1 can of O Organics Refried Beans ($2.29)

Instructions:

1. Cook the ground beef in a skillet over medium heat until thoroughly browned; remove any excess grease.

2. Add 1 packet of taco seasoning to beef along with water [and cook as directed].

3. Add taco meat to the shell, top with cheese and salsa as desired.

4. Heat refried beans in a saucepan until cooked through, serve alongside tacos, top with cheese.

tacos, o organics, family recipesO Organics Mexican-style blend cheese.via O Organics

O Organics Hamburger Stew ($4.53 Per Serving)

Busy parents will love this recipe that allows them to prep in the morning and then serve a delicious, slow-cooked stew after work.

Prep time: 15 minutes

Cook time: 7 hours

Total time: 7 hours 15 minutes

Servings: 4

Ingredients:

1 lb of O Organics Grass Fed Ground Beef ($7.99)

1 ½ lbs O Organics Gold Potatoes ($4.49)

3 O Organics Carrots ($2.89)

1 tsp onion powder

I can O Organics Tomato Paste ($1.25)

2 cups water

1 yellow onion diced ($1.00)

1 clove garlic ($.50)

1 tsp salt

1/4 tsp pepper

2 tsp Italian seasoning or oregano

Instructions:

1. Cook the ground beef in a skillet over medium heat until thoroughly browned; remove any excess grease.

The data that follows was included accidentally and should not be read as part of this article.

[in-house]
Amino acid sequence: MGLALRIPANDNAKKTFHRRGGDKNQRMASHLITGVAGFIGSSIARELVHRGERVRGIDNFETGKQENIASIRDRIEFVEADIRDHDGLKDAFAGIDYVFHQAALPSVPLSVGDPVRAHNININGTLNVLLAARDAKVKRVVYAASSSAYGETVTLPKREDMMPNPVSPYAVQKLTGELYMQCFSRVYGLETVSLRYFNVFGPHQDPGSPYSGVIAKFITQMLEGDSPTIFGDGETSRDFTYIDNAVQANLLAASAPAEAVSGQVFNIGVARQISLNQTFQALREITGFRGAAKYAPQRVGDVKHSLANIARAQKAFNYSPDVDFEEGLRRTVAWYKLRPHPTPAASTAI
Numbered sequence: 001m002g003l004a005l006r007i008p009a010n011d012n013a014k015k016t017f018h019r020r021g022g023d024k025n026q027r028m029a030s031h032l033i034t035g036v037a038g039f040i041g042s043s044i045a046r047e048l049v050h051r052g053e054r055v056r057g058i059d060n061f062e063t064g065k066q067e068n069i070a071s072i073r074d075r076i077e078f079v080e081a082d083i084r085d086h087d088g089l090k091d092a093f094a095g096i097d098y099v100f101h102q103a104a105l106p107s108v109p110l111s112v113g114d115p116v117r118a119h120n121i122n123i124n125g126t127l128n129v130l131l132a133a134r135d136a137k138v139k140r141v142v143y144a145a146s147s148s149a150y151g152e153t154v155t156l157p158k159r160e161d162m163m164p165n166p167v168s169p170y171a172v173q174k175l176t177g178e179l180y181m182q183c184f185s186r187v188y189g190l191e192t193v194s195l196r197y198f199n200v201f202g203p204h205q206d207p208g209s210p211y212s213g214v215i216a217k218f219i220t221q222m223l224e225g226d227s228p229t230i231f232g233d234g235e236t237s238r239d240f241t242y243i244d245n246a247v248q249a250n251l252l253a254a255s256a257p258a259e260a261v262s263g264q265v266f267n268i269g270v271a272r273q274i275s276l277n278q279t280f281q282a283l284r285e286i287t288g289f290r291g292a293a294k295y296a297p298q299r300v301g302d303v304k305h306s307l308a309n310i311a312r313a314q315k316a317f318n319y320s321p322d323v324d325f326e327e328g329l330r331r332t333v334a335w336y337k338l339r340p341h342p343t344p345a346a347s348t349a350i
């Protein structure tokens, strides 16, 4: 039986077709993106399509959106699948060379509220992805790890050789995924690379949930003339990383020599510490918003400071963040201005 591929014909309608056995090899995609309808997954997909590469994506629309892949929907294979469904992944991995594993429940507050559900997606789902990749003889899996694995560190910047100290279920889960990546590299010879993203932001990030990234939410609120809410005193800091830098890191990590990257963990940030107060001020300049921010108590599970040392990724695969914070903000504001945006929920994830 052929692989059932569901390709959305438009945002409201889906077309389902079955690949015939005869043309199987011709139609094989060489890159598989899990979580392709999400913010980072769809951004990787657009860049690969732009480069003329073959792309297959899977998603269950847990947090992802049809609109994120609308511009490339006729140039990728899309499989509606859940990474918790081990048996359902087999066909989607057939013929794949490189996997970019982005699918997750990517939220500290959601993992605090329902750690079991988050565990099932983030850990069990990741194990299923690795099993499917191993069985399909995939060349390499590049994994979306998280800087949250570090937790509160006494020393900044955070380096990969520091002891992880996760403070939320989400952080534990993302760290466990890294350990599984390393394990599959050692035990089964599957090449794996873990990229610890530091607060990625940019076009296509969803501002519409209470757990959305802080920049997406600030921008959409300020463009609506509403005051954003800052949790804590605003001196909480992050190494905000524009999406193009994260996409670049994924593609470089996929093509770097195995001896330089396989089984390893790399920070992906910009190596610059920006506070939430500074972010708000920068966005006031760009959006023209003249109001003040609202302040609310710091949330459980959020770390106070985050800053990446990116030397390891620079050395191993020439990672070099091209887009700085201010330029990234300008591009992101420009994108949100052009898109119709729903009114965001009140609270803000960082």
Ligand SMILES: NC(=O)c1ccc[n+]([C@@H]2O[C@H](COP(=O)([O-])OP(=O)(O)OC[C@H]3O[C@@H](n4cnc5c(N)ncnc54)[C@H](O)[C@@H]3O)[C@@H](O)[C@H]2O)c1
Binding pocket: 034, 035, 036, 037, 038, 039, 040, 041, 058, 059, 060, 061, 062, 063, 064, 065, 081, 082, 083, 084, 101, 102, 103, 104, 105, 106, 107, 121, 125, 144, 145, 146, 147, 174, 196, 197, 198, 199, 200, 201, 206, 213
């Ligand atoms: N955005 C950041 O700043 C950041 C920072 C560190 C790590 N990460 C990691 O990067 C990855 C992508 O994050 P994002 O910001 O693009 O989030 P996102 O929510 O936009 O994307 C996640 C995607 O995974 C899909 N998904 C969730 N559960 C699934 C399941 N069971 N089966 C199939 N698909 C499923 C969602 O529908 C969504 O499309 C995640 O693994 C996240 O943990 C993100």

2. Transfer the cooked beef to a slow cooker with the potatoes, onions, carrots and garlic.

3. Mix the tomato paste, water, salt, pepper, onion powder and Italian seasoning in a separate bowl.

4. Drizzle the mixed sauce over the ingredients in the slow cooker and mix thoroughly.

5. Cover the slow cooker with its lid and set it on low for 7 to 8 hours, or until the potatoes are soft. Dish out into bowls and enjoy!

potatoes, o organics, hamburger stewO Organics baby gold potatoes.via O Organics


O Organics Ground Beef and Pasta Skillet ($4.32 Per Serving)

This one-pan dish is for all Italian lovers who are looking for a saucy, cheesy, and full-flavored comfort dish that takes less than 30 minutes to prepare.

Prep time: 2 minutes

Cook time: 25 minutes

Total time: 27 minutes

Servings: 4

Ingredients:

1 lb of O Organics Grass Fed Ground Beef ($7.99)

1 tbsp. olive oil

2 tsp dried basil

1 tsp garlic powder

1 can O Organics Diced Tomatoes ($2.00)

1 can O Organics Tomato Sauce ($2.29)

1 tbsp O Organics Tomato Paste ($1.25)

2 1/4 cups water

2 cups O Organics Rotini Pasta ($3.29)

1 cup O Organics Mozzarella cheese ($4.79)

Instructions:

1. Brown ground beef in a skillet, breaking it up as it cooks.

2. Sprinkle with salt, pepper and garlic powder

3. Add tomato paste, sauce and diced tomatoes to the skillet. Stir in water and bring to a light boil.